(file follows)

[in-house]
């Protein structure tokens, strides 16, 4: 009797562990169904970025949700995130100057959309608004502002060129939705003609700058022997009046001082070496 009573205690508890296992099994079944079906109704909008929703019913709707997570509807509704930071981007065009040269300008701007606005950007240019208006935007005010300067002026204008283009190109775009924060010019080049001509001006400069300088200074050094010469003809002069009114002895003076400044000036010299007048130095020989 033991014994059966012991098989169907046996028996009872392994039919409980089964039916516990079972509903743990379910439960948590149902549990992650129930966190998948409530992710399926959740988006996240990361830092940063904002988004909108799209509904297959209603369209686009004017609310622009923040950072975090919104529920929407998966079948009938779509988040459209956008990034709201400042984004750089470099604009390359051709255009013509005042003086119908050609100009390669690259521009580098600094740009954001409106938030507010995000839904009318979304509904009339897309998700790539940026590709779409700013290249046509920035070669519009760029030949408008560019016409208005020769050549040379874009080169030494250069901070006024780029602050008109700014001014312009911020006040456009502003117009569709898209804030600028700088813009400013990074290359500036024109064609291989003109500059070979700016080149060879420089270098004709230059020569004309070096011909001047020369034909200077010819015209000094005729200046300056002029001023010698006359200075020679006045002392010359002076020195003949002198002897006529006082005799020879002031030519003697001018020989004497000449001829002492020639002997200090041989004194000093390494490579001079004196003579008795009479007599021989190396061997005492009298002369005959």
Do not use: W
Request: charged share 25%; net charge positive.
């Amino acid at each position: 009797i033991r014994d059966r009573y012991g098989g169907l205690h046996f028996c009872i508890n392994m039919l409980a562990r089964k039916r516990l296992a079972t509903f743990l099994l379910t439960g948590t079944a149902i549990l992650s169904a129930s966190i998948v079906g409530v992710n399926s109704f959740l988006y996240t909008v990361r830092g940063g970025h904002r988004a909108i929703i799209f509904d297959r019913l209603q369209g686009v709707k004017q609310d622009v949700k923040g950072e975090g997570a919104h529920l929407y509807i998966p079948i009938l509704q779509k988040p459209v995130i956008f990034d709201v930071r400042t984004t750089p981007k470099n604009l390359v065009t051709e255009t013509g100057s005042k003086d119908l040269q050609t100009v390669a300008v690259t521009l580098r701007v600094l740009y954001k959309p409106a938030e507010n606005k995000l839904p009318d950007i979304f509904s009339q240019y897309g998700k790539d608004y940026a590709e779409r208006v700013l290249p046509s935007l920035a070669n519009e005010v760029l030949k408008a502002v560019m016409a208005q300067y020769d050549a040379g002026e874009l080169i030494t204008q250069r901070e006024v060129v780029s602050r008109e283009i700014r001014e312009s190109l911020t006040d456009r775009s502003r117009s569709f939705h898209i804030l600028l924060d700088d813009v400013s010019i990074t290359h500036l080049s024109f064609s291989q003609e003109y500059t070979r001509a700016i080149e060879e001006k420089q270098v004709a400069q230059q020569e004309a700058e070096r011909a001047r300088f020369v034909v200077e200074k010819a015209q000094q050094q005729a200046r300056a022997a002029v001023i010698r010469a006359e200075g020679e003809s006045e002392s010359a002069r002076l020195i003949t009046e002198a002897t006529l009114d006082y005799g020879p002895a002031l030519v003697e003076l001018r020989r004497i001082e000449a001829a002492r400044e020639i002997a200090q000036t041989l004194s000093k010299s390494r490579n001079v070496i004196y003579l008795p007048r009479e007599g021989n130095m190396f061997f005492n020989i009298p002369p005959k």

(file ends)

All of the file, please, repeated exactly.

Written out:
[in-house]
């Protein structure tokens, strides 16, 4: 009797562990169904970025949700995130100057959309608004502002060129939705003609700058022997009046001082070496 009573205690508890296992099994079944079906109704909008929703019913709707997570509807509704930071981007065009040269300008701007606005950007240019208006935007005010300067002026204008283009190109775009924060010019080049001509001006400069300088200074050094010469003809002069009114002895003076400044000036010299007048130095020989 033991014994059966012991098989169907046996028996009872392994039919409980089964039916516990079972509903743990379910439960948590149902549990992650129930966190998948409530992710399926959740988006996240990361830092940063904002988004909108799209509904297959209603369209686009004017609310622009923040950072975090919104529920929407998966079948009938779509988040459209956008990034709201400042984004750089470099604009390359051709255009013509005042003086119908050609100009390669690259521009580098600094740009954001409106938030507010995000839904009318979304509904009339897309998700790539940026590709779409700013290249046509920035070669519009760029030949408008560019016409208005020769050549040379874009080169030494250069901070006024780029602050008109700014001014312009911020006040456009502003117009569709898209804030600028700088813009400013990074290359500036024109064609291989003109500059070979700016080149060879420089270098004709230059020569004309070096011909001047020369034909200077010819015209000094005729200046300056002029001023010698006359200075020679006045002392010359002076020195003949002198002897006529006082005799020879002031030519003697001018020989004497000449001829002492020639002997200090041989004194000093390494490579001079004196003579008795009479007599021989190396061997005492009298002369005959």
Do not use: W
Request: charged share 25%; net charge positive.
């Amino acid at each position: 009797i033991r014994d059966r009573y012991g098989g169907l205690h046996f028996c009872i508890n392994m039919l409980a562990r089964k039916r516990l296992a079972t509903f743990l099994l379910t439960g948590t079944a149902i549990l992650s169904a129930s966190i998948v079906g409530v992710n399926s109704f959740l988006y996240t909008v990361r830092g940063g970025h904002r988004a909108i929703i799209f509904d297959r019913l209603q369209g686009v709707k004017q609310d622009v949700k923040g950072e975090g997570a919104h529920l929407y509807i998966p079948i009938l509704q779509k988040p459209v995130i956008f990034d709201v930071r400042t984004t750089p981007k470099n604009l390359v065009t051709e255009t013509g100057s005042k003086d119908l040269q050609t100009v390669a300008v690259t521009l580098r701007v600094l740009y954001k959309p409106a938030e507010n606005k995000l839904p009318d950007i979304f509904s009339q240019y897309g998700k790539d608004y940026a590709e779409r208006v700013l290249p046509s935007l920035a070669n519009e005010v760029l030949k408008a502002v560019m016409a208005q300067y020769d050549a040379g002026e874009l080169i030494t204008q250069r901070e006024v060129v780029s602050r008109e283009i700014r001014e312009s190109l911020t006040d456009r775009s502003r117009s569709f939705h898209i804030l600028l924060d700088d813009v400013s010019i990074t290359h500036l080049s024109f064609s291989q003609e003109y500059t070979r001509a700016i080149e060879e001006k420089q270098v004709a400069q230059q020569e004309a700058e070096r011909a001047r300088f020369v034909v200077e200074k010819a015209q000094q050094q005729a200046r300056a022997a002029v001023i010698r010469a006359e200075g020679e003809s006045e002392s010359a002069r002076l020195i003949t009046e002198a002897t006529l009114d006082y005799g020879p002895a002031l030519v003697e003076l001018r020989r004497i001082e000449a001829a002492r400044e020639i002997a200090q000036t041989l004194s000093k010299s390494r490579n001079v070496i004196y003579l008795p007048r009479e007599g021989n130095m190396f061997f005492n020989i009298p002369p005959k």